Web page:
“Thank you, Fr. Bernie, for building this nation through your teaching, writing, political engagement, and leadership.”
Fr. Joaquin Bernas, S.J. did not live an ordinary life. He was constitutional law expert, lawyer and law professor, bar topnotcher, prolific author and columnist, academic leader (Dean of Ateneo Law School twice, Dean of the College of Arts and Sciences and President of the Ateneo de Manila University (ADMU), Church leader as Jesuit Provincial, anti-dictatorship fighter as a member of the Convenor Group that chose Cory Aquino to lead the opposition against Marcos in the 1986 elections, member of the 1986 Constitutional Commission that drafted the 1987 Constitution, and a frequent Amicus Curiae (friend of the Court) that the Supreme Court turned to for important cases in its docket. To the Bernas family, he was a good brother, uncle, and grand-uncle. Above, all he was a Jesuit and priest.
Many things have been written about Fr. Bernas in this past week. Requested by the Philippine Studies: Historical and Ethnographic Viewpoints, ADMU’s scholarly journal, to write an essay on the intellectual contributions of Fr. Bernas, I have been reading through his writings. Two passages from him, one from an anthology of his Philippine Daily Inquirer columns (A Living Constitution) and the other from his 1994 inaugural speech in ADMU, stand out for their significance today when the Constitution he helped draft is under attack by mad dogs of the state:
From June 10, 1998, 100 Years of Constitutionalism: “The litmus test for the existence of constitutionalism in a political system is whether or not the system allows for effective techniques through which power holders share the exercise of power. The history of constitutionalism has been a search for limitations on absolute power, the search for techniques of sharing power. The substance of constitutionalism is the taming of Leviathan.”
From 15 August 1984, Inaugural Address (The Moral Response of the University) of Fr. Bernas as ADMU President: “In the conduct of public affairs truth has been badly battered. People have learned to believe as true the exact opposite of what is officially announced. And when the untruth is made public it is hypocritically given the semblance of an honorable disguise. Justice has been brutalized beyond recognition. The lady has been stripped of her blindfold and the balance scales are often replaced by the truncheon or by the barrel of a gun.”
Personally, I have known Fr. Bernas since the early 1980s. He was Jesuit Provincial when I joined the Jesuit Volunteers in 1981, a group he strongly encouraged and supported. Shortly after I started teaching philosophy in Ateneo de Manila University, he became our president and he signed all my appointments for the next decade. Later, when I became a lawyer, I became an avid follower of his writings. As a UP Constitutional Law professor, I prescribed the Bernas textbook for many years even if there was an unwritten rule in Diliman not to use his book. But it was simply the best, although at some point it became outdated. An updated version would be great as future generations of law students and lawyers deserve the wisdom of his commentary on constitutional questions, particularly on the Bill of Rights.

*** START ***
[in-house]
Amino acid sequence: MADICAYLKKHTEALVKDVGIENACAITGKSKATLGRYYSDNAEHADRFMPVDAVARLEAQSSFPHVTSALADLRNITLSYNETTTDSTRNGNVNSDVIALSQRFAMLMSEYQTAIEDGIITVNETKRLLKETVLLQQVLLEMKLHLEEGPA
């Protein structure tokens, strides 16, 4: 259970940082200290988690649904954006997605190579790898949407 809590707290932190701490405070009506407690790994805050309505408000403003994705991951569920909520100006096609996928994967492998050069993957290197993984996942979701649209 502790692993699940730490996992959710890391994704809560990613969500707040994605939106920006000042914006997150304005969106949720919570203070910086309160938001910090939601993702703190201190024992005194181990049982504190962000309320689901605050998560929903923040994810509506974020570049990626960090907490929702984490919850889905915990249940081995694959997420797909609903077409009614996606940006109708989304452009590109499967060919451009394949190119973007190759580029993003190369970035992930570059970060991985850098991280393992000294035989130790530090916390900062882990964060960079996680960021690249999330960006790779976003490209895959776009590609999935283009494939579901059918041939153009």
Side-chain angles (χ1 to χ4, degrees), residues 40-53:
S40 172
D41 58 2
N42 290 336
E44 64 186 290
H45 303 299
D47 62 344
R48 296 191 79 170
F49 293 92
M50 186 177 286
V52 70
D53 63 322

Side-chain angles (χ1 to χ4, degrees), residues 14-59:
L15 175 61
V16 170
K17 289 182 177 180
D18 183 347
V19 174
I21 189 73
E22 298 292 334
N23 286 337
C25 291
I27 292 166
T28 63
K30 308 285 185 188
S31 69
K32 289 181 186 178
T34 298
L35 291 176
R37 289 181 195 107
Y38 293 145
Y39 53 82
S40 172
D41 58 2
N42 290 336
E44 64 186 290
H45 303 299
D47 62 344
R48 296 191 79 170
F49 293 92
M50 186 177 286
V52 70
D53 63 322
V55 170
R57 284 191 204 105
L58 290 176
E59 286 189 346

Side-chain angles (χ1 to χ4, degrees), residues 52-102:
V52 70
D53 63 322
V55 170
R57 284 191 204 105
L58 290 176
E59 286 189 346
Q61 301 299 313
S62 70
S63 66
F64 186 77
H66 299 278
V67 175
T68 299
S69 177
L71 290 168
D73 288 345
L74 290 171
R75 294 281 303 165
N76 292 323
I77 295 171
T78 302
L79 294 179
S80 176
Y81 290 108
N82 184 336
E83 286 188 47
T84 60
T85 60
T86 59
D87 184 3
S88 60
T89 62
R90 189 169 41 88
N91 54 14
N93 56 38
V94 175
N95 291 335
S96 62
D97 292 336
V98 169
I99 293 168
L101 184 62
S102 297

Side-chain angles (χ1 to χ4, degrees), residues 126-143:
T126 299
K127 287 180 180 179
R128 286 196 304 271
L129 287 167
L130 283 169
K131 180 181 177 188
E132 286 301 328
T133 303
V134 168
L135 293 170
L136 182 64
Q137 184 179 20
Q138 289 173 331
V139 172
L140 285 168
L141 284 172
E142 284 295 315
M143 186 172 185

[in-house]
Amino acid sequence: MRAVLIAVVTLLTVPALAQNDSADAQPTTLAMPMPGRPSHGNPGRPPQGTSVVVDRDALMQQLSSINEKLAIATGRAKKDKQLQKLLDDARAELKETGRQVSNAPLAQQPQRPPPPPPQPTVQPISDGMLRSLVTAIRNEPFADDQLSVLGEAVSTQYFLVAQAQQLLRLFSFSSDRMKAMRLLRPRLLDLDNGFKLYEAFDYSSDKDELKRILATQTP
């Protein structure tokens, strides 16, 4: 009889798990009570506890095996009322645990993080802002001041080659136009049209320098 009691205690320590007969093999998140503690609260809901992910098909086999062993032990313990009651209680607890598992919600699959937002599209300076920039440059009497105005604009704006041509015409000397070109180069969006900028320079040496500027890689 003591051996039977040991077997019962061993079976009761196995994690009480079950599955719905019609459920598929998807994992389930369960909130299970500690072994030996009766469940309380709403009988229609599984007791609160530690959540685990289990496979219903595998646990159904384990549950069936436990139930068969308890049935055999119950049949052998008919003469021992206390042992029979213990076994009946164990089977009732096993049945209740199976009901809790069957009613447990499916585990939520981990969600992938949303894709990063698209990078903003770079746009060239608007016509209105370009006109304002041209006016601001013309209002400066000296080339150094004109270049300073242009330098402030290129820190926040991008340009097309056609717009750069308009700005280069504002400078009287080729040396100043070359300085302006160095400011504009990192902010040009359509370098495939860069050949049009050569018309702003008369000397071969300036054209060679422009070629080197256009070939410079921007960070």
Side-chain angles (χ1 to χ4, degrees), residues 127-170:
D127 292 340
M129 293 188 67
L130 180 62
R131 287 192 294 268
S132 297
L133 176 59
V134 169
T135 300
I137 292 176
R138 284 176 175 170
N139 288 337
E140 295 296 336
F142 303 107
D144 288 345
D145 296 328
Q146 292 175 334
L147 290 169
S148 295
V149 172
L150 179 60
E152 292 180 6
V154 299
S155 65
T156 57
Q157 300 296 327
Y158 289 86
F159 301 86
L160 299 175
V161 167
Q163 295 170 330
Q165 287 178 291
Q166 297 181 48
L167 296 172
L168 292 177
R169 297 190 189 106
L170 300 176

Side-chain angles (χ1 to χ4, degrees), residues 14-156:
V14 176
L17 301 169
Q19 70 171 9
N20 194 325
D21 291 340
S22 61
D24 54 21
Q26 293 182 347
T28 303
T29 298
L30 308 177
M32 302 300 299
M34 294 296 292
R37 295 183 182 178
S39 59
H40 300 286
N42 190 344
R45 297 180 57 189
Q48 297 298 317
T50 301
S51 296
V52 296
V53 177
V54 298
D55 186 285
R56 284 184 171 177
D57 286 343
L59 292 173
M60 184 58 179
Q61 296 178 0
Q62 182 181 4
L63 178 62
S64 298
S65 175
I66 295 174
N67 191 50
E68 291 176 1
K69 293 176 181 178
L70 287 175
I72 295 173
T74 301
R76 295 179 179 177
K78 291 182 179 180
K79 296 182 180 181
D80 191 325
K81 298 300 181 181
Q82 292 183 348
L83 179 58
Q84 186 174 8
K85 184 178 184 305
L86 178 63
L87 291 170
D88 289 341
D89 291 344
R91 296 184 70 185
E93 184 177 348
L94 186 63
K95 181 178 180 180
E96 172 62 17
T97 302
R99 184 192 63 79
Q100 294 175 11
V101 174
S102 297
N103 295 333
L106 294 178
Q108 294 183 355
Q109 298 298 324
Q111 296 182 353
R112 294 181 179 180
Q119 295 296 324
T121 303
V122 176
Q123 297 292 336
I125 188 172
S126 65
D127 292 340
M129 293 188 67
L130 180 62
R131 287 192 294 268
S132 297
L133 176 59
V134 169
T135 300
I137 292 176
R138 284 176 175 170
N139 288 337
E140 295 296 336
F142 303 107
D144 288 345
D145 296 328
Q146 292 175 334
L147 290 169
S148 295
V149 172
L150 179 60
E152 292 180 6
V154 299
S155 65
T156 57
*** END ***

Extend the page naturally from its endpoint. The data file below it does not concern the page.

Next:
In 2006, I was appointed Dean of the Ateneo School of Government and also joined the Ateneo Law Faculty. I had an office in the Ateneo Professional Schools campus in Rockwell, Makati and there had many encounters with Fr. Bernas in meetings, lectures, and yes, even in elevators where conversations with him were memorable with his witty comments and the political and legal profession gossip he shared.
It was the masses he celebrated in the Saint Thomas More Chapel of the Rockwell Campus that stood out the most during those years. His five-minute homilies were famous and for the ever busy law students welcome. The one I remember most was a sermon one Valentine’s Day when Fr. Bernas exhorted the young congregation to set aside their books and to go out with the ones they love, quoting a passage attributed to Fr. Pedro Arrupe, SJ:
“Nothing is more practical than finding God, than falling in Love in a quite absolute, final way. What you are in love with, what seizes your imagination, will affect everything. It will decide what will get you out of bed in the morning, what you do with your evenings, how you spend your weekends, what you read, whom you know, what breaks your heart, and what amazes you with joy and gratitude. Fall in Love, stay in love, and it will decide everything.”
Love decided everything for Fr. Bernas. Love for his family. Love for his brother Jesuits. Love for the Church and the Society of Jesus. Love for the Ateneo de Manila University, especially for the Ateneo Law School and its students, faculty, and staff. Love for the law. Love of country. Love of God and neighbor.
Thank you, Fr. Bernie! Thank you for building this nation through your teaching, writing, political engagement, and leadership in Ateneo de Manila University, the Society of Jesus, and the Church! Thank you for showing us how to be a joyful warrior for justice, democracy, and yes, love.
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